Winter vacation in mexico

While Mexico has its Day of the Dead pageants, its artful Frida Kahlo culture and its indigenous culinary enchantments, it also has sand – some 4,500 miles of it along the Pacific Ocean and the Gulf of California alone. Neck deep in winter, residents of northern climes are creeping southward and finding that warm sand and cold tequila cocktails make great bedfellows.

Travel to Mexico for a quick break from the cold has its compelling points. The dollar still buys a lot of pesos – the peso has fallen 12 percent against the dollar since June allowing dollar-bearing tourists to wander a landscape of ever-better deals at top resorts. Cities, such as Cabos San Lucas, Mazatlan and the Riviera Nayarit are welcoming hot spots for all types of vacations and they have the comfortable, if not luxurious, infrastructure to make visits magical.

And then there is the beach. Mexico’s warm sands and bustling beach life means it is possible to find deserted strands of walkable shoreline and have divine moments all to yourself, or find the party where you want it along with the company of compatriots well practiced at the art of relaxation, Mexico-style.

Winter Vacation in Cabo San Lucas

Cabos San Lucas at the bottom of the Baja remains a place where the rich can get pampered, romancers can get their sunsets, adventurers can find a bounty of natural thrills and seasoned travelers can dig up some unexpected treasures.

Lower Baja contains its own golden triangle of sorts, easily explored by drives along Highway 1 and Highway 19. Gems include the magic mountain town of Todos Santos and the sleepy fishing town of La Paz going north, and the chic tourist destination of Cabos San Lucas (and the colonial artist outpost of San Jose del Cabo nearby) at the southern-most point to create a wonderland of resorts, beaches, great food, value-laden designer shopping.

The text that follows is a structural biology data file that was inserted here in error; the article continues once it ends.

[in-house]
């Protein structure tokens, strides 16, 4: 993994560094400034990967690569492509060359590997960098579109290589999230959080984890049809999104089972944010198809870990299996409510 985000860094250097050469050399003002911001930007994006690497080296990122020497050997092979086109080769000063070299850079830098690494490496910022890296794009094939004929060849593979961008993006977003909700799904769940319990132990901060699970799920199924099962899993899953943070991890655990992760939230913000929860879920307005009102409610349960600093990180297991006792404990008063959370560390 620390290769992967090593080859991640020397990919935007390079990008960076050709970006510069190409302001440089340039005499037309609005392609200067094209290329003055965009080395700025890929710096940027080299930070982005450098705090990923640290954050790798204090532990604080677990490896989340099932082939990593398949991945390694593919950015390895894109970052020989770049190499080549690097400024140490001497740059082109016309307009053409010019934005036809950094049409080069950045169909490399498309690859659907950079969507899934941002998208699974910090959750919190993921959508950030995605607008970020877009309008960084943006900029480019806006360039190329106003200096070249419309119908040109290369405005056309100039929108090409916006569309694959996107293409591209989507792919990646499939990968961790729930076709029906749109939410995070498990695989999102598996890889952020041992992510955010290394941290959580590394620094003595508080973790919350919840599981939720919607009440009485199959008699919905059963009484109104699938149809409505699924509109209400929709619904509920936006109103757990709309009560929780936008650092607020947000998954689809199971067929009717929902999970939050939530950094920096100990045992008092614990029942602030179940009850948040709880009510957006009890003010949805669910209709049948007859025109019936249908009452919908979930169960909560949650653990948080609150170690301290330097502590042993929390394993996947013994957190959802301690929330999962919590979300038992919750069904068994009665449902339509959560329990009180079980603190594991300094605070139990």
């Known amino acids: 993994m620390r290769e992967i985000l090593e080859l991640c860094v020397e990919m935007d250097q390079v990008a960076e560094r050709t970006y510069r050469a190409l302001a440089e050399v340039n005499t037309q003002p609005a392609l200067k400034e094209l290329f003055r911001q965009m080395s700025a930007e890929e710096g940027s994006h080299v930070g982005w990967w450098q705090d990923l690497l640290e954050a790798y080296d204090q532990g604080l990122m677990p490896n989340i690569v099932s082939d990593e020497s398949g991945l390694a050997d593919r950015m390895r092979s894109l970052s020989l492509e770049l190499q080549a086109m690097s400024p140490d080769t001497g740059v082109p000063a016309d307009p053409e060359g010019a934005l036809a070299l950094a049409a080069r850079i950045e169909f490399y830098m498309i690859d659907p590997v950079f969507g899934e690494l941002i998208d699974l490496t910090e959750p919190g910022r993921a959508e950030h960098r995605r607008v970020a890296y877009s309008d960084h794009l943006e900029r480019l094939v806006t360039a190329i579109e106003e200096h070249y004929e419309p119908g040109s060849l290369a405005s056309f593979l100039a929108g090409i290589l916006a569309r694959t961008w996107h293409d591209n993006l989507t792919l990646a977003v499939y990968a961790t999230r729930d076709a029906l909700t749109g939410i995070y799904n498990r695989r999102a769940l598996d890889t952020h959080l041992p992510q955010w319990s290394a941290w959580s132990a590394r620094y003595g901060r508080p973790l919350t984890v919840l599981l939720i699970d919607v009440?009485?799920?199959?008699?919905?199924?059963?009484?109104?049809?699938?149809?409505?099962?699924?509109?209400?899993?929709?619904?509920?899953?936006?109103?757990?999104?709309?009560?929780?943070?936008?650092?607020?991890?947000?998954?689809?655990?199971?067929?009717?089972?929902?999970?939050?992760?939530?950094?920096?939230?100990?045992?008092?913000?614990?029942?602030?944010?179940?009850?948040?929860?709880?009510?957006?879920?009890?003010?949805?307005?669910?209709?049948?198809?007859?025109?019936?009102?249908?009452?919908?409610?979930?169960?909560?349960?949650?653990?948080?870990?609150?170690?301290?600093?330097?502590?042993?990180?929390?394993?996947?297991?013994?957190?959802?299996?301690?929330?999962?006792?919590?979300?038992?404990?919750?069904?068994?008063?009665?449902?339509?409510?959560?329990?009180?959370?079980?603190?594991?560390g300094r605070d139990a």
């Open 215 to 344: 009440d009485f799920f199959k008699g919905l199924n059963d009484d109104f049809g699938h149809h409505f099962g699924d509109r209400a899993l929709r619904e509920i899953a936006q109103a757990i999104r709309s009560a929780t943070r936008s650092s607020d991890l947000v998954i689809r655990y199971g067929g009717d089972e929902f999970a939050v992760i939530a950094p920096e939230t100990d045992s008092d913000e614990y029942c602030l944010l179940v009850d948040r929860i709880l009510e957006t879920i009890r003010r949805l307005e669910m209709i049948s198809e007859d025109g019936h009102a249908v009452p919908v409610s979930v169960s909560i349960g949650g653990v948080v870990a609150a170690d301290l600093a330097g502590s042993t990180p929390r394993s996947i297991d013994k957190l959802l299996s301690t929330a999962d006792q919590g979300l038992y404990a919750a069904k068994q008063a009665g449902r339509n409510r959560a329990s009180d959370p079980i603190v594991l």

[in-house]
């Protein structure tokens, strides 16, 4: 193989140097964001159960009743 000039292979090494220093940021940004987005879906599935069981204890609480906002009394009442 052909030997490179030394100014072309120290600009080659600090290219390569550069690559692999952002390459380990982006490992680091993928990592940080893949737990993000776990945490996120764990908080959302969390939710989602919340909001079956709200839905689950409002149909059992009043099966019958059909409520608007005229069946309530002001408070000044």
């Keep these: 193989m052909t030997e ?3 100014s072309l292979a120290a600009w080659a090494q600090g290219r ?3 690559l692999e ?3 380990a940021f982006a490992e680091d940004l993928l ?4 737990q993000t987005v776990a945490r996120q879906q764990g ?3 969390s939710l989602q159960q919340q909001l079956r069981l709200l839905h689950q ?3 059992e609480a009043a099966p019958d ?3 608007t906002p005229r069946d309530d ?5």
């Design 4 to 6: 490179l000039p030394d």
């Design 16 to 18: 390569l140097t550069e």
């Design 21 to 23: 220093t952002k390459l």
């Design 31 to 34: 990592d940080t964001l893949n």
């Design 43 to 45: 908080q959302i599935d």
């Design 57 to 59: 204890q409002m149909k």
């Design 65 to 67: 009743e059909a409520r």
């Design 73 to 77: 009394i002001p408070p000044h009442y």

While the town of Cabo is fun enough, what’s outside of town is what gets most visitors coming back for more. Find along the scenic peninsula a selection of romantic beach settings – including Lover’s Beach facing the Pacific, considered as much a “must-see” as the area’s iconic Los Arcos rock arches for its location at Land’s End (and the great snorkeling to be had when conditions are right). It’s possible to catch a water taxi from the marina to get here, but pack what’s needed, as this is all beach and no services. Unfortunately, the adjacent beach is called Divorce Beach, possibly because of a deadly undertow that plagues the location.

Snorkelers will want to check out Santa Maria Bay and Chileno Bay, close to each within along the “Tourist Corridor” along the Sea of Cortez. The calm waters there are great for swimming and kayaking and the Sea is widely referred to as the “Aquarium of the World.” Surfers in the pack will want to head farther north to the beaches around Costa Azul where they can pick up some surf lessons and local surf tips.

Cabo San Lucas has a lively line-up of top tier lodging properties to be considered, from all-inclusive/all-adult resorts, such as Secrets Marquis, to five-star legends, such as the One&Only Palmilla, Capella Pedregal and La Esperanza. In between are a variety of fabulous brands that have all the required wants: luxury amenities, upscale servicing, sensational ocean locations, brag-worthy dining, unusual spa experiences and luxurious accommodations overlooking the surf. These include the Fiesta Americana Grand, the Sheraton Hacienda del Mar, Las Ventanas al Paraiso and Hilton Los Cabos.

Lose the Winter Blues in Mazatlan